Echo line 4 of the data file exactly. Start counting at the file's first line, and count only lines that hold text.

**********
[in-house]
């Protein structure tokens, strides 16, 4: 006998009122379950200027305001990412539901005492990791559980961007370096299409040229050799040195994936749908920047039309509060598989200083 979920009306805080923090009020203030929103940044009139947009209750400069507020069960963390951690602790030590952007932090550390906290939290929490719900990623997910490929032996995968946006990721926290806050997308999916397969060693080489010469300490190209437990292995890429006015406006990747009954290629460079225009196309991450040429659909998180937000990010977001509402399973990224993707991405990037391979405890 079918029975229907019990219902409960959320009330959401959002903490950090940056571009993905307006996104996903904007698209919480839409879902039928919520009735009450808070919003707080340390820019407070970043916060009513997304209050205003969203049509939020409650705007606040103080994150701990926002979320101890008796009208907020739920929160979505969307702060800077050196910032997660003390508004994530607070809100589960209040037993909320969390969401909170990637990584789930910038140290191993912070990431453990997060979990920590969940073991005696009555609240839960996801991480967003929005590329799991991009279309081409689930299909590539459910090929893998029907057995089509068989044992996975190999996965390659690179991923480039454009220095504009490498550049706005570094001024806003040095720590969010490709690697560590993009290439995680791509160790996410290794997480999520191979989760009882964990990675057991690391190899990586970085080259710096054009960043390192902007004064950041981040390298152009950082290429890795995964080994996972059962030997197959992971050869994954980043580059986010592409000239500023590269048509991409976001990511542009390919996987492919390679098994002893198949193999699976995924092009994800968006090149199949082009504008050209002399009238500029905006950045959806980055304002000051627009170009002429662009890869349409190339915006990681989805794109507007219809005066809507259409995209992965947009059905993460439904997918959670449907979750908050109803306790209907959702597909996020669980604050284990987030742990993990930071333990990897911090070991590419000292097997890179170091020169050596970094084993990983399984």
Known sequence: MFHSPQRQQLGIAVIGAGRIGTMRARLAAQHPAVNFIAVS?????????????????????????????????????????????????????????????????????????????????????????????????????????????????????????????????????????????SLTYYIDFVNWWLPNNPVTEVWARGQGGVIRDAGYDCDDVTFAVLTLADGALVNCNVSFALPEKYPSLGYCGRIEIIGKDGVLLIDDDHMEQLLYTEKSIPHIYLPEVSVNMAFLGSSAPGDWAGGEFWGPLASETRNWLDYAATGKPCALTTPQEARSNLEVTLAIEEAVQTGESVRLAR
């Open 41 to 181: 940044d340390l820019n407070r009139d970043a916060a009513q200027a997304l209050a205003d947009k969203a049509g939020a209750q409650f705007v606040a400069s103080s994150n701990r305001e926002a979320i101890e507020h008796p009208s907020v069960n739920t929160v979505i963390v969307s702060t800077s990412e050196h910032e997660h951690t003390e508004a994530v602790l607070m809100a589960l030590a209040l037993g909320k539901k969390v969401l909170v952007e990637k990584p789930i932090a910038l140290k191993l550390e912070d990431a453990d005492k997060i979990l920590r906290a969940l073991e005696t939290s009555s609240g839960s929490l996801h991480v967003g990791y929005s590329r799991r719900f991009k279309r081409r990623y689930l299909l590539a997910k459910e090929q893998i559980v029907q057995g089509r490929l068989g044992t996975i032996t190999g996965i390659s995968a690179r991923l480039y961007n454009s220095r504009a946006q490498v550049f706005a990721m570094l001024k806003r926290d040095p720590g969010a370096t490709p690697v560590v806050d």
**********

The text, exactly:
């Open 41 to 181: 940044d340390l820019n407070r009139d970043a916060a009513q200027a997304l209050a205003d947009k969203a049509g939020a209750q409650f705007v606040a400069s103080s994150n701990r305001e926002a979320i101890e507020h008796p009208s907020v069960n739920t929160v979505i963390v969307s702060t800077s990412e050196h910032e997660h951690t003390e508004a994530v602790l607070m809100a589960l030590a209040l037993g909320k539901k969390v969401l909170v952007e990637k990584p789930i932090a910038l140290k191993l550390e912070d990431a453990d005492k997060i979990l920590r906290a969940l073991e005696t939290s009555s609240g839960s929490l996801h991480v967003g990791y929005s590329r799991r719900f991009k279309r081409r990623y689930l299909l590539a997910k459910e090929q893998i559980v029907q057995g089509r490929l068989g044992t996975i032996t190999g996965i390659s995968a690179r991923l480039y961007n454009s220095r504009a946006q490498v550049f706005a990721m570094l001024k806003r926290d040095p720590g969010a370096t490709p690697v560590v806050d």